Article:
Like the drunk looking for his lost key under the lamppost because that’s where the light is, it’s easy to be mesmerized by Toyota’s flexible, hyper-efficient plants – the result of decades of looking for waste and engaging people into kaizen to keep the whole production process reactive. It’s easy to see how a traditional manager obsessed with making money will look at that and think “if I had such efficient delivery systems, I’d reduce my costs and increase my profits.” But the true secret to lean’s success lies in the building where no one is granted access: engineering. The real lean lesson for the world is “lean your production facilities to create a test system to develop ever better products.”
Lean’s trick to developing ever better products is to nurture “chief engineers.” (For more on this, please read the terrific new book Designing the Future by Jeff Liker and Jim Morgan.) Project management are typically held responsible for keeping deadlines. Product managers for the quality of the product and its success with customers. Here we have one special person who is expected to do both – and to negotiate with functional heads of department in charge of technical work. The second trick lies in constant kaizen in functional department to keep them at the top of their profession – achieved through go and see gemba walks, challenging and encouraging voluntary improvement initiatives by junior staffers. This is not a matrix per se as any person only reports to their department head. It’s creating tension to thread through silos by expecting:
- A fit-for-customer better design at every product that both captures de spirit of the times whilst retaining what makes the brand great.
- Continuous improvement and constant innovation in the specialist departments to support the chief engineers in coming out with “wow!” products.
What role does that leave for senior leaders in a product-driven company if all decisions are taken at the interface between chief engineers and department heads? Leaders create the conditions for success, which, in lean terms means:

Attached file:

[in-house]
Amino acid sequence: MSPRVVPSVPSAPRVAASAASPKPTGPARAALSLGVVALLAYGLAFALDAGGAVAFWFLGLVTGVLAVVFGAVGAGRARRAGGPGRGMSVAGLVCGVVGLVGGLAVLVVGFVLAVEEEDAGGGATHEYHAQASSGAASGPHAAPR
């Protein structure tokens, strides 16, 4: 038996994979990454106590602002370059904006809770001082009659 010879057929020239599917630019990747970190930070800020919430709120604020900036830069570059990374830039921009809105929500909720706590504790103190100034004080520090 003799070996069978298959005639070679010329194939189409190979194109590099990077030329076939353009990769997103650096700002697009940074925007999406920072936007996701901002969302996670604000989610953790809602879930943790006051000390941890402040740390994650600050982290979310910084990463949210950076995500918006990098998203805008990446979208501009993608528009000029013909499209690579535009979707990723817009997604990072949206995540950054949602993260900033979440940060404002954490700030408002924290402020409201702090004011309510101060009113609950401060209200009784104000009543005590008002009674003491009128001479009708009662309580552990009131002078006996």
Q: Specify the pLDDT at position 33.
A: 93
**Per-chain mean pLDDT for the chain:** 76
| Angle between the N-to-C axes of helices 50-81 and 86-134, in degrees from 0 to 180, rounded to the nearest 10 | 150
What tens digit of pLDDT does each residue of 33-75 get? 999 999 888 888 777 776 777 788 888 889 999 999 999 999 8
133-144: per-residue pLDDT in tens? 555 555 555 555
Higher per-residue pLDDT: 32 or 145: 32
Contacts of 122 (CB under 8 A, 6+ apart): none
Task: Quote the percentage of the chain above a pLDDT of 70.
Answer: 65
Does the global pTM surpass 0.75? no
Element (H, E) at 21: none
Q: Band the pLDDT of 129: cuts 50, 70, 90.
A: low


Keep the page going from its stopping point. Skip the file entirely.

- Picking the challenges in society that we need to respond to – such as the environment, globalization, digitalization or gender parity.
- Supporting careers to make sure the most talented people are given the opportunity and the training (mostly in the form of challenging roles) to give the best of themselves.
- Banging department heads together to ensure teamwork and that key problems in the company are solved from the point of view of customer value rather than functional glory.
- Invest in off the shelf devopment projects, mainly in new technologies, to explore what future capabilities chief engineers and department heads will need to stay in tune with the times.
This is a radically different vision of leadership, as we have developed in the book The Lean Strategy, because it is about making choices (seeking outcomes), not taking decisions on outputs (seeking outputs – decisions are taken lower in the organization within the scope of the choices made at the top). A lean strategy can therefore be summed up at senior leadership level as:
- Face the right challenges (and don’t do stupid stuff)
- Create a culture of “bad news first” and problem-solving to get every one’s participation
- Use improvement gains to free capacity to develop new products
- Keep products attractive by evolving in to make them fit with the spirit of the times (back to point 1)
To grasp lean thinking, start by changing how you look at a company. I started this piece with the traditional financial outlook of market share, growth and profitability. I should have started with the steady shift of the line-up to hybrid cars and Toyota’s challenge of no CO2 emissions for new vehicles. Don’t look at the accounts first, look at the product line-up: what is on the shelves right now, what is next on offer. Then see if customers reward these products with reasonable margins (and if the company doesn’t squander the cash if gets for its products in wasteful activities). A product is an emotion. Satisfied customers purchase again and tell all their friends. The only sustainable, profitable strategy is to aim to bring a smile to every customers’ face. Lean is all about learning how to do so.
- Don’t accept the status quo in product development. Join experienced developers and engineers who are redesigning product development systems to consistently create steady streams of ever-better products. Register today for the 2nd annual Designing the Future Summit, June 27-28, 2019: https://www.lean.org/designfuture2019